Wreck-It Ralph is one of my fave movies ever, but since it came a year before Frozen, it kind of got forgotten amidst all the hype. When Frozen came out, so many people praised it as being the most feminist/progressive Disney film ever. After awhile, a lot of people emerged saying it was the opposite, and I’m one of them. While I do like the character of Elsa, I don’t like how she was handled, and I don’t like how the rest of t he movie was handled either. And while I won’t harp on people who find some empowerment in the film, I want to implore people to give Wreck-It Ralph the credit it deserves, because…
1) There’s actual gender equality—and a little gender subversion
Despite Wreck-It Ralph being about and named after the male lead, the female leads are just as memorable, well-developed, and dynamic. There are four main protagonists, two male (Wreck-It Ralph and Fix-It Felix Jr.) and two female (Vanellope Von Schweetz and Sgt. Calhoun), plus the male antagonist. Each character is important to the story, and there are some additional female characters (including Moppet Girl and Taffyta Muttonfudge) that help play a pivotal role in the plot as well. The female characters aren’t just there for fanservice or tokenism, they all actively serve a role. Vanellope’s role is just as large or even larger than Ralph’s.
What’s more, each of the four protagonists don’t fit neatly into a gender binary. Felix is a successful handyman but is polite, petite, soft-spoken, innocent, emotional, and not aggressive in any way and even vulnerable. Yet he is never shown as ‘inferior’ or a joke. Calhoun is very tough, militaristic, dominant, and has a lot of traits associated with a man (mainly the tragic backstory) but can still be feminine when she wants to. Ralph looks like a manly man but is actually not. He’s very expressive and emotional, as well as very caring and loving towards Vanellope. And Vanellope herself is a tomboy who doesn’t like femininity but doesn’t actively put it down either, and is very sharp-tongued.
By contrast, the characters in Frozen are kind of stuck in the gender binary. Anna and Elsa are both very girly and often need to be rescued (no, the movie does NOT teach that girls don’t need a man to save them, as Anna depends on men throughout the whole movie and only saves herself at the very end, and Elsa is constantly in danger), and Kristoff is very manly and gruff. His caring attitude is kind of rushed and comes out of nowhere.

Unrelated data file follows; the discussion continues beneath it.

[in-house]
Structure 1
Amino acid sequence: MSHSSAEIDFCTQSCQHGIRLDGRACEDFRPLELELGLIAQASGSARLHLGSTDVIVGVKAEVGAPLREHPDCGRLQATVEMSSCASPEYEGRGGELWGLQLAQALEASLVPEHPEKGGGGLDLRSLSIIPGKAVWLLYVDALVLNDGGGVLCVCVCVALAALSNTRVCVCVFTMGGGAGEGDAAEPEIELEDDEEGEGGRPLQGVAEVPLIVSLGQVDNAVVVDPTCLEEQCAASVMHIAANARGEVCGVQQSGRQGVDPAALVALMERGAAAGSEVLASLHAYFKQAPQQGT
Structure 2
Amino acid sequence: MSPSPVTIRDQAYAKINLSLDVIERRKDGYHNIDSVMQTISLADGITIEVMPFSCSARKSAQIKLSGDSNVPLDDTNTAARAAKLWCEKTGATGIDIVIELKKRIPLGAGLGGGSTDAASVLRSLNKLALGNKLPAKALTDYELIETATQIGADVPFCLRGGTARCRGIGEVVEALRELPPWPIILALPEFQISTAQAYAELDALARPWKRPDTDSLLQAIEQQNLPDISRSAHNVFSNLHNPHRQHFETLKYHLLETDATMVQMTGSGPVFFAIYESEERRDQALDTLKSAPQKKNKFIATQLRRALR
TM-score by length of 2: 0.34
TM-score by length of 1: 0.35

Onto a related point…
NUMBER TWO: The female characters are all distinct and expressive
In regards to Frozen’s character designs, there was (and still is) a lot of controversy of how the designs of Anna and Elsa are Rapunzel knockoffs and their facial expressions are very stiff. This has been talked about endlessly by people who are way more versed on this type of topic than me, so I won’t go into too much detail. One thing I will say, though, is that what really bothers me is that BOTH girls look like clones of their MOTHER. Apparently the father’s gene didn’t factor in at all. In addition to having similar facial features, Anna and Elsa are all thin, white, youthful (Elsa looks a touch too young for Idina Menzel’s voice) and conventionally pretty. Whereas in the background, you get to see women of all different shapes, sizes, and colours. This arises all sorts of questions about our main heroines’ designs. Why couldn’t they have made Anna and Elsa biracial? Why couldn’t they have made one of the sisters a little wider around the midsection? Why not make Elsa more gaunt-looking in order to symbolize that she is a woman who is cold, restrained, and depressed? Why not make Anna more muscular (the movie demonstrates that she has amazing physical strength, after all)? The possibilities are endless, and instead they look very, well, safe. The women of Wreck-It Ralph, on the other hand, took a look at those requirements of what makes a female character appealing and went “fuck that shit”. Calhoun, while still attractive, is clearly a WOMAN. Her features are more mature and better defined. We see her look proud, determined, distraught, horrified, displeased, angry, and happy throughout the film. She’s actually allowed to snarl and look harsh. Anna and Elsa are more limited to happy, tearful, and awkward expressions, at least for the most part. Elsa looks restrained even when her sister is frozen solid. The female Sugar Rush racers (including Vanellope), while they do have a similar ‘chibi’ (large heads on tiny bodies) mould, all have distinct features (they all have different faces, in addition to different skin tones and eye shapes) save for the recolors (which are INTENTIONALLY made to look alike). Nobody is mistaking Vanellope and Taffyta for twins. And whereas Elsa gets to express joy in her “Let It Go” sequence, we see complete, utter, unabashed enthusiasm and ecstasy whenever Vanellope is close to achieving her dreams, and all her other emotions (from sassy to snarky to angry to determined to miserable) all look and feel real. Plus, we have Moppet Girl, who looks like an actual Average Jane (complete with glasses and imperfect teeth) and even the female Nicelanders, in all their roundness, have distinct looks to them that tell them apart. Obviously there are still some problems with the main heroines being, well, white-passing and thin, but there is definitely a vast difference between how expressive and distinguished they’re allowed to be versus how Anna and Elsa have to look.